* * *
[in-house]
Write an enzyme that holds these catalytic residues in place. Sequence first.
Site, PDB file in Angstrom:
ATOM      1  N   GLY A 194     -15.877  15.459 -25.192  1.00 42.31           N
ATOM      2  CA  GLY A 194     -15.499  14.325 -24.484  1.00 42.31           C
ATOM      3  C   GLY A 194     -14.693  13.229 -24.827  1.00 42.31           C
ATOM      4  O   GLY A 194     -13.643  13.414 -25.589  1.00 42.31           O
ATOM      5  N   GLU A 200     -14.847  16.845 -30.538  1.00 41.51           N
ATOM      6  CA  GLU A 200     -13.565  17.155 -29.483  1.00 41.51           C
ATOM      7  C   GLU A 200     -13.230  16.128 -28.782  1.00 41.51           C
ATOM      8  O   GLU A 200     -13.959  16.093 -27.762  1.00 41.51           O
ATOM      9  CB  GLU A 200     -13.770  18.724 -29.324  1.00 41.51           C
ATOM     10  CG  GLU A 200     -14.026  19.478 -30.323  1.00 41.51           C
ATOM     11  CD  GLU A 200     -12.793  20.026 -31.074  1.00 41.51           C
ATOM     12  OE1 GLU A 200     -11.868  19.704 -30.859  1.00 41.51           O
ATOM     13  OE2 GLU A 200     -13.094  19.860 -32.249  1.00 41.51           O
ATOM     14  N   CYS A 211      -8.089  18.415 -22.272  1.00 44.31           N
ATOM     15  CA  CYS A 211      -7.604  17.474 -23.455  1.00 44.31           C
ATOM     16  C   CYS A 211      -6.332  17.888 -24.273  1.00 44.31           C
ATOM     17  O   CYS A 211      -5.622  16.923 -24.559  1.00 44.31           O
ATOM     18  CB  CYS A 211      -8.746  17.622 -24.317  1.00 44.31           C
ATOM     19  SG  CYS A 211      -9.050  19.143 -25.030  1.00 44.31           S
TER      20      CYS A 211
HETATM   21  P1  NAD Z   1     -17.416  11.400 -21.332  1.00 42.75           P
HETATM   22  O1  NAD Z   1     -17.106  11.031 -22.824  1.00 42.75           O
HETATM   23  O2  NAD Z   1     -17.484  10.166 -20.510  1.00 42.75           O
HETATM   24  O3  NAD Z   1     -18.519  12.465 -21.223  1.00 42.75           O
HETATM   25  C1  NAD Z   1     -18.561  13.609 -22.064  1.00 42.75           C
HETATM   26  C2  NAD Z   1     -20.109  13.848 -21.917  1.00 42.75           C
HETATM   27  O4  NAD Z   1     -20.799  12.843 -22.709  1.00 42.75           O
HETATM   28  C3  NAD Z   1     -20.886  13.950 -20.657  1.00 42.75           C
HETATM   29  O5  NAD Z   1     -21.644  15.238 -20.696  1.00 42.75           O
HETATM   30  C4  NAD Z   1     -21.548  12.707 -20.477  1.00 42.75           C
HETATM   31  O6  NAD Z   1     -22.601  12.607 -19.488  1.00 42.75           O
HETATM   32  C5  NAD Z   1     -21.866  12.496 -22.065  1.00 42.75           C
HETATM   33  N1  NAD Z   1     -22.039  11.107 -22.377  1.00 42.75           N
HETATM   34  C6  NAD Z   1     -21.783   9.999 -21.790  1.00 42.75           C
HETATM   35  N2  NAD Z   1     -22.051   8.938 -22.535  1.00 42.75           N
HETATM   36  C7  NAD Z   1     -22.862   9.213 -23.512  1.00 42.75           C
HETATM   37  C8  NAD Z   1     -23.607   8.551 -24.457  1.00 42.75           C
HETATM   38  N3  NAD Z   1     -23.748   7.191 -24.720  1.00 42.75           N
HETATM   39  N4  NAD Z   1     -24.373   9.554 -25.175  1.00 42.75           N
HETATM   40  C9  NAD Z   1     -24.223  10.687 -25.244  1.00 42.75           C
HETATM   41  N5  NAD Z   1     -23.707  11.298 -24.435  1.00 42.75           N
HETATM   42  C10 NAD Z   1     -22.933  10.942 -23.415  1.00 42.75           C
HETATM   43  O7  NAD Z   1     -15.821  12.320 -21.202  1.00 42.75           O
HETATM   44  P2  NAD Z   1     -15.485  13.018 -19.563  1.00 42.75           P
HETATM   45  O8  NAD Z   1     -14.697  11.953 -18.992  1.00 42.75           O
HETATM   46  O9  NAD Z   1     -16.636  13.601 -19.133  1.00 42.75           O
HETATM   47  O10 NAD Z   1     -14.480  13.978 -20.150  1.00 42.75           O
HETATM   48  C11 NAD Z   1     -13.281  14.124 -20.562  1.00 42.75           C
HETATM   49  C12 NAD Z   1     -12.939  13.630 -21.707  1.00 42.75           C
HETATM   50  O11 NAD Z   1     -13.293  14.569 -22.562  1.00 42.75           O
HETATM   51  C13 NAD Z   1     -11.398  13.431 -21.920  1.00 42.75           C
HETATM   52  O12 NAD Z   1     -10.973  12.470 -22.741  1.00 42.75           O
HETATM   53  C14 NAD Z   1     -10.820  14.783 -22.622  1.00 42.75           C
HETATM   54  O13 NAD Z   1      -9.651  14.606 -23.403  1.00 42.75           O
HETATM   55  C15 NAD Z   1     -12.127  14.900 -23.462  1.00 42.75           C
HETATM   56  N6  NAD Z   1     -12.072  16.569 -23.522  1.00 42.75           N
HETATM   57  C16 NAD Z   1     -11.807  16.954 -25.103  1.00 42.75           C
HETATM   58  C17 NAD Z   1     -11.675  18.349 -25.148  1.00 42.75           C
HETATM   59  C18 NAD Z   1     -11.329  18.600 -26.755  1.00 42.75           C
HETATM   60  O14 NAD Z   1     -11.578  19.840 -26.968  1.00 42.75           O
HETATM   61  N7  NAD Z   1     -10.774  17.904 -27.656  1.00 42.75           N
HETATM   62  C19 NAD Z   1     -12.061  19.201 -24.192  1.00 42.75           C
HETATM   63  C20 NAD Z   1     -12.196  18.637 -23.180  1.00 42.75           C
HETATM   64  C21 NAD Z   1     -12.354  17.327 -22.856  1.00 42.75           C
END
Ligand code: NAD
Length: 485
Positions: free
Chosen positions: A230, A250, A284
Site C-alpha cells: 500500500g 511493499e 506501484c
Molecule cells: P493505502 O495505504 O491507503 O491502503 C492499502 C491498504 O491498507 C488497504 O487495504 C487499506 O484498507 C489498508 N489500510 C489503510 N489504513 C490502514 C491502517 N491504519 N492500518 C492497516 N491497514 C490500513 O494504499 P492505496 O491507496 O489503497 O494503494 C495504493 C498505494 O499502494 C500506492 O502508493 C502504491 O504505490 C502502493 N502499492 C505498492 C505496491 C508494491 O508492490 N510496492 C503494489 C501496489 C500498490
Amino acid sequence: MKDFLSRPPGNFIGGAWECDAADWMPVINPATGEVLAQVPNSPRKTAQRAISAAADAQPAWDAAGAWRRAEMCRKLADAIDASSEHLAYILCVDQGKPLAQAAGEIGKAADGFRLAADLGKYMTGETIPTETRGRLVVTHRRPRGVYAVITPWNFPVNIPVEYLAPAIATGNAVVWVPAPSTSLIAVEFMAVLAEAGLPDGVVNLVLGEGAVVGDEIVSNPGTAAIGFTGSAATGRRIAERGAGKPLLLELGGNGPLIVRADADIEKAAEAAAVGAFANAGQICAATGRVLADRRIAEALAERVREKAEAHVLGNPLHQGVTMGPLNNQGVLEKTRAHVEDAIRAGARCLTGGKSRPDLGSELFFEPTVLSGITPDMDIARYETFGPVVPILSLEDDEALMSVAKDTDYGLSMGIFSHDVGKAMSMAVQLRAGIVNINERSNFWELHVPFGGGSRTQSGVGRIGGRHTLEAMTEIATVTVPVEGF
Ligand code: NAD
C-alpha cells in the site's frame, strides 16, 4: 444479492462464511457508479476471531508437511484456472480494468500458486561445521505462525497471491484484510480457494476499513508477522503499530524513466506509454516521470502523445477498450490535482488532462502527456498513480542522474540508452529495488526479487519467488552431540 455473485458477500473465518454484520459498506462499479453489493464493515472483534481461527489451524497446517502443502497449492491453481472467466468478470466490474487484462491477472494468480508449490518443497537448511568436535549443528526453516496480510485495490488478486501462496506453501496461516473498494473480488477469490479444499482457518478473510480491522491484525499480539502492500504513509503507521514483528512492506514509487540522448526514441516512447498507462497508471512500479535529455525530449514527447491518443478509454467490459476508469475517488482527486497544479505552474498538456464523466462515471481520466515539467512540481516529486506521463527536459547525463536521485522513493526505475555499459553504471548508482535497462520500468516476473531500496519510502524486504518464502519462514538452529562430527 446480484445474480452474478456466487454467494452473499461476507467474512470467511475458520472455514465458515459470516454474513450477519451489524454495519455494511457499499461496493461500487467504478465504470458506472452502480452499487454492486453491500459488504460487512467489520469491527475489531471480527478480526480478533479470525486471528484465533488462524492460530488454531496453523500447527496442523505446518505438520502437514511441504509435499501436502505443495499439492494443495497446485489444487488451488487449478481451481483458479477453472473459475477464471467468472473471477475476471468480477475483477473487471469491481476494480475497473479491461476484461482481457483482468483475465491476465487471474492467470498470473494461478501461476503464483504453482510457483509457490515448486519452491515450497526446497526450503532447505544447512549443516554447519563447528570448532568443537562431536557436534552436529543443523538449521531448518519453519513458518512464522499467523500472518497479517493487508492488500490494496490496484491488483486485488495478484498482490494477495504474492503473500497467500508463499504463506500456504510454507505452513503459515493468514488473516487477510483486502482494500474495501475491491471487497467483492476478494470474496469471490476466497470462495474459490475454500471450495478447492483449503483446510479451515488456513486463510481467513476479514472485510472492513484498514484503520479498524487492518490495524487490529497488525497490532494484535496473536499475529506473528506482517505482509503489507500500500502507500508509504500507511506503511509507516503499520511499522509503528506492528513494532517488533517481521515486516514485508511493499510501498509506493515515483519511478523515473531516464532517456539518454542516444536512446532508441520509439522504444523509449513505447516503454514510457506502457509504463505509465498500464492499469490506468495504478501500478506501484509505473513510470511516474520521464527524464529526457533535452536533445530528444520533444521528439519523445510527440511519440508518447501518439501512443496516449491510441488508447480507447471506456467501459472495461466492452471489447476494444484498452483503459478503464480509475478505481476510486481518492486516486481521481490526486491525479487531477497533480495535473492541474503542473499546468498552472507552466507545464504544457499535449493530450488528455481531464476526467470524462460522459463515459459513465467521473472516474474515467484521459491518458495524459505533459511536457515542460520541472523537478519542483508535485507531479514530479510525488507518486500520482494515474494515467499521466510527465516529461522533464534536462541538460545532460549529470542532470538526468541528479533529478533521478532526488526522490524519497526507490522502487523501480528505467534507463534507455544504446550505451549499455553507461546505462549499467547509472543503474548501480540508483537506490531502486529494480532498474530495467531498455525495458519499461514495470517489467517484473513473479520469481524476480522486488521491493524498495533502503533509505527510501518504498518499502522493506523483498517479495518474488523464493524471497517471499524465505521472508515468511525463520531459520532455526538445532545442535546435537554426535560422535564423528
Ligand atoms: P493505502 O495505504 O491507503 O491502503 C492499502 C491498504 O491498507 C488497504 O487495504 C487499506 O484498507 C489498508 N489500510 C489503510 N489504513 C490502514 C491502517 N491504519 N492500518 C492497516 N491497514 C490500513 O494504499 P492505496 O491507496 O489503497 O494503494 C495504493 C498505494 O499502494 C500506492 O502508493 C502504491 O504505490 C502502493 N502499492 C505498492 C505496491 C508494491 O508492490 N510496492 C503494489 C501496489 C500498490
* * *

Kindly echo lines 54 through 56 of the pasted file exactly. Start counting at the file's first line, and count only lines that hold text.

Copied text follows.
HETATM   51  C13 NAD Z   1     -11.398  13.431 -21.920  1.00 42.75           C
HETATM   52  O12 NAD Z   1     -10.973  12.470 -22.741  1.00 42.75           O
HETATM   53  C14 NAD Z   1     -10.820  14.783 -22.622  1.00 42.75           C